Mozart Piano Concertos, K.453 and K.491

Available on CD and digital download

St Louis Symphony Orchestra

Orli Shaham piano

David Robertson conductor


Out August 23rd, 2019

Orli Shaham revels in the theatrical richness and breath taking invention of Mozart's Piano Concertos joining forces with David Robertson and St. Louis Symphony Orchestra for this studio recording of No.17 in G Major, K.453 and No. 24 in C minor, K.491.


The underlying inspiration for Orli Shaham's recording of Mozart concertos is her passion to record music that has spoken to her, and driven her, again and again throughout her career. She has chosen to recorded these 2 concertos as standout as emblems of the extraordinary theatricality of Mozart's mature concertos, also highlighting the spirit of dialogue between soloist and orchestra. Each concerto concludes with a final movement cast in variation form, the only 2 examples in Mozart's piano concertos.


"The hope is to be able to highlight some aspect of the work that hasn't been illuminated in that way before," the pianist comments. "The works are so rich and there are so many things you could bring out, there's no way you could bring them all out in a single performance." The original score of K.491 requires the soloist to decipher the composer's intentions and make choices about which notes or even passages to play. "The manuscript shows several iterations that he tried," explains Orli Shaham. "Sometimes it's a leading tone this way, and sometimes it's a leading tone going the other way. Sometimes he crosses it out. It's the only concerto I know where you sometimes will get four lines of what the piano is supposed to be playing."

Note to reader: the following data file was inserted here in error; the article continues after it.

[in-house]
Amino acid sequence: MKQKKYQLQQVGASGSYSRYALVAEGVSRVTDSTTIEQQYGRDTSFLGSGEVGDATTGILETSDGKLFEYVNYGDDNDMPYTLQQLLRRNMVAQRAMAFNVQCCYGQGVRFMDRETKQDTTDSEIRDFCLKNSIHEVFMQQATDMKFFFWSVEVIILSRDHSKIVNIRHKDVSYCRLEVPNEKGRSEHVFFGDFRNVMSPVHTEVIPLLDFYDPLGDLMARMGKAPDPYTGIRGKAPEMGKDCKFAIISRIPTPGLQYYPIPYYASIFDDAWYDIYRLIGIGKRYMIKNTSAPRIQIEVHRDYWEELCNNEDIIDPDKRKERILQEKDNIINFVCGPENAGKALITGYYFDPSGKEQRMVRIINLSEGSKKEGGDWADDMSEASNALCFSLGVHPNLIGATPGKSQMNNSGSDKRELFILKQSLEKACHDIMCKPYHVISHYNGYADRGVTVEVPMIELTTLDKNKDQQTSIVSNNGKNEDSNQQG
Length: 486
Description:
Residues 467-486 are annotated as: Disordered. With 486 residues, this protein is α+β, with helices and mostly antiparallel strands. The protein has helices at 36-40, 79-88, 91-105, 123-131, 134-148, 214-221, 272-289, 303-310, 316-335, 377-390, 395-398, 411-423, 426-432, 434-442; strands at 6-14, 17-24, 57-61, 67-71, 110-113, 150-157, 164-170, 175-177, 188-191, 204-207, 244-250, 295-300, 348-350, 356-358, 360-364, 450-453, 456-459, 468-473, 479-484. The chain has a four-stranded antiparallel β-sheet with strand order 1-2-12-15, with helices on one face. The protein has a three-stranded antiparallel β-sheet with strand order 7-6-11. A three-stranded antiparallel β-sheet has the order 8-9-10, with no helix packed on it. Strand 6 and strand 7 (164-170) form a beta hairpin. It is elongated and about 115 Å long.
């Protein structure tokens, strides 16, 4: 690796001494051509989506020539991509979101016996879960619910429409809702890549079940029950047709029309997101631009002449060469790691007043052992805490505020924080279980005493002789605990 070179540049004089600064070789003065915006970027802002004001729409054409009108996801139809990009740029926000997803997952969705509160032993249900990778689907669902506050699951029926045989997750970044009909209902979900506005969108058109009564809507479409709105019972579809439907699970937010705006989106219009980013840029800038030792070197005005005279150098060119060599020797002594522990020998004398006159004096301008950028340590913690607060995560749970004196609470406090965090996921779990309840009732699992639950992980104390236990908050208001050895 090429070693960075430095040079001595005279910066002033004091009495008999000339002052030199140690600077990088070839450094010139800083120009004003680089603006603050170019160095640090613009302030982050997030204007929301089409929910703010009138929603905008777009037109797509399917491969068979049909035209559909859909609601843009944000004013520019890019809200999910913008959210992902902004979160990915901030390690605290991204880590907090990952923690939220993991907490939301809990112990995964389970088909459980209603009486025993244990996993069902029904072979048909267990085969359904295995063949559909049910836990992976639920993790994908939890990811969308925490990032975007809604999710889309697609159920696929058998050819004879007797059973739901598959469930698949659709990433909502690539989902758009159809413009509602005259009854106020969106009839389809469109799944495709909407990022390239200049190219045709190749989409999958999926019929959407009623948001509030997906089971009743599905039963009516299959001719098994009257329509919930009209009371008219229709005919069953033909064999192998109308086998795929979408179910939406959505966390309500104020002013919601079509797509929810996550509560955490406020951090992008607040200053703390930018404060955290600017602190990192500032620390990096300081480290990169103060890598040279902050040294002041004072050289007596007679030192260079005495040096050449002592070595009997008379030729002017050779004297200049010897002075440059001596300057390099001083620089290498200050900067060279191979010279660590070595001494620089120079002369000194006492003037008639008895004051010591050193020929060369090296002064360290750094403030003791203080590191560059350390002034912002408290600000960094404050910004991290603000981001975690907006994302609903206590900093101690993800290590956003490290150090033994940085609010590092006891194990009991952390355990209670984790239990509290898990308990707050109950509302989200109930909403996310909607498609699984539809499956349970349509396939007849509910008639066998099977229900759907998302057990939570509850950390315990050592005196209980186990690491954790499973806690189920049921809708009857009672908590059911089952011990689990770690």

Embracing the light and dark of Mozart’s Piano Concertos, ...enchants with tempos that mould appreciably this expressive music, giving it time and richness of sound (superbly recorded…). Orli Shaham (sister of Gil) and David Robertson are at-one interpretatively... and the SLS members are stylish and sympathetic confreres.

 
The opening of K453, while poised, is also infectious in its spirit, delightfully detailed… K491… the orchestral introduction finds emotional urgency, Shaham speaks of isolation in her initial appearance; thus an admirable tension is produced, theatre and Innigkeit intertwined, the aural equivalent of a page-turner. The first-movement cadenza is by Saint-Saëns…in the booklet, you will find there an extensive three-way conversation between pianist, conductor and Elaine Sisman – the latter a “bona fide academic authority on Mozart’s music ... [and who] thinks Mozart is really cool...”. He is when performed like this.
 

 

Classical Source
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